Choosing a cloud service while waiting for iCloud

Choosing a cloud service while waiting for iCloud

Summary: There are many rumors swirling about iCloud, Apple's mythical cloud data service, but what if you need some online storage space right now?


There are many rumors swirling about iCloud -- the mythical cloud data service code-named "Castle" spotted in Mac OS 10.7 builds -- but what if you need some online storage space, right now?

If you need iOS integration, there's simply no better solution around right now than Dropbox. Most of the best iOS apps support Dropbox and its become a virtual storage for over 25 million users. Lacking a solid solution from Apple many iPhone and iPad users have adopted Dropbox as their surrogate file system.

Dropbox raised the ire of privacy advocates last week when it changed its terms of service stating that it would decrypt private Dropbox folders for government investigators "when it receives valid legal process." While Dropbox responded that most Internet companies (including Google, Apple, Skype and Twitter) have the same legal obligation.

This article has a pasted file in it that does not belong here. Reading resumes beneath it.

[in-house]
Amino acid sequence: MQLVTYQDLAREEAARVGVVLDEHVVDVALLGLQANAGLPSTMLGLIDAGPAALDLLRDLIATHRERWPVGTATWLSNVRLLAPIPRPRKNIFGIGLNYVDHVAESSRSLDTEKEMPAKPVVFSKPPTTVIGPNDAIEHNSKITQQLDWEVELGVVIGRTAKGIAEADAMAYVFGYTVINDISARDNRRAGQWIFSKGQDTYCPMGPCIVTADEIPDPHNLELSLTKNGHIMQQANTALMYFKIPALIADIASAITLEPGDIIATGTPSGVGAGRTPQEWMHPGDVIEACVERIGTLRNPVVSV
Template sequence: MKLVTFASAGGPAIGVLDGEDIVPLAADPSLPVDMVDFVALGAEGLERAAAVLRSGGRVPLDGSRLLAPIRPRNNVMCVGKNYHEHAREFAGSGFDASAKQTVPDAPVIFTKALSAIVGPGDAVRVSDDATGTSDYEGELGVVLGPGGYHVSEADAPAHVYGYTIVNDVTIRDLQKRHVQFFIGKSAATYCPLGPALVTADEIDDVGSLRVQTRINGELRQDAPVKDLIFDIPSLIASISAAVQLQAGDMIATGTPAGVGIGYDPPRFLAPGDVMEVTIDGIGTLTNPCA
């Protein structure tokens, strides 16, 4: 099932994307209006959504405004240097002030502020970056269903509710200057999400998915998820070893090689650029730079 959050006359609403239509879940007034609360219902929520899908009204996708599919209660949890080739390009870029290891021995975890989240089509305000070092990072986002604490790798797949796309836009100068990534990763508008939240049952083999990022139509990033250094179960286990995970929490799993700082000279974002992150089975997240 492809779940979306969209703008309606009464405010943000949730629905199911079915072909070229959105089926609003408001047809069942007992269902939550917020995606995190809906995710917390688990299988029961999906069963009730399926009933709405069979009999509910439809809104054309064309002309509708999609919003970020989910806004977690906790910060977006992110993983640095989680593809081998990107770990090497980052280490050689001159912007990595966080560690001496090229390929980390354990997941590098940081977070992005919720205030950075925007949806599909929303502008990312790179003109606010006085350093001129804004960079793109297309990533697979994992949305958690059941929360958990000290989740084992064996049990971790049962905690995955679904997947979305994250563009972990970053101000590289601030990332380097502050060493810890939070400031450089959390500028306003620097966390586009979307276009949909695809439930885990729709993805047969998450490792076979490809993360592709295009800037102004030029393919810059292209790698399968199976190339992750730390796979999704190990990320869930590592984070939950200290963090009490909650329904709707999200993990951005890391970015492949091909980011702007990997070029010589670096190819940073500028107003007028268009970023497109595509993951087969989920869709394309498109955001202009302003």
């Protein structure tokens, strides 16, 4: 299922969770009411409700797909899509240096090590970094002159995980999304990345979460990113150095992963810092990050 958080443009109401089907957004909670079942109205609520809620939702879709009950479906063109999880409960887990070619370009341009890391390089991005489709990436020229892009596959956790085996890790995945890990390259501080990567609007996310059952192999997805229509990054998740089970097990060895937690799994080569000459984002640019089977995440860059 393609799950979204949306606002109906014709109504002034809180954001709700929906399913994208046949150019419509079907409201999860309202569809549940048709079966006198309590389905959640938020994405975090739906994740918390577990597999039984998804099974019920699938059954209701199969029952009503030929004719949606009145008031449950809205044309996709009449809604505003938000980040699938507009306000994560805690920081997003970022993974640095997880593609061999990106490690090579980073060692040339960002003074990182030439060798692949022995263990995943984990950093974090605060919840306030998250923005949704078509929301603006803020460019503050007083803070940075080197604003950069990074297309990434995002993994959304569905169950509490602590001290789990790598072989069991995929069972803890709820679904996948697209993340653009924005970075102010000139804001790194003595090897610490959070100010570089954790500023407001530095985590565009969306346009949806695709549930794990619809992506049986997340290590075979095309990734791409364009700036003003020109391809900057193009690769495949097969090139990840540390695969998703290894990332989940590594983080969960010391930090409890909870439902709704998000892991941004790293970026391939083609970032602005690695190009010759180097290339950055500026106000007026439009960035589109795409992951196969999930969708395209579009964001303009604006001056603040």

PowerPage podcaster Tom Hesser pointed out that DropBox has been increasing security in its experimental builds. For example, I had DropBox v0.7 installed on my MacBook Air and v1.0.10 on my MacBook Pro, but Dropbox Experimental Edition v1.2.0 (direct download) features several security enhancements, including:

  • Security enhancements, an attacker will not be able to steal your computer's account credentials just by copying configuration files to another machine.
  • New encrypted database format to prevent unauthorized access to local Dropbox client database.
  • Other small fixes
  • Continued 10.7 support

It's pretty tough to beat Dropbox at the moment. It's the 800 pound guerilla in the space and its deep Mac OS and iOS integration will likely keep it at the top of the heap for a while.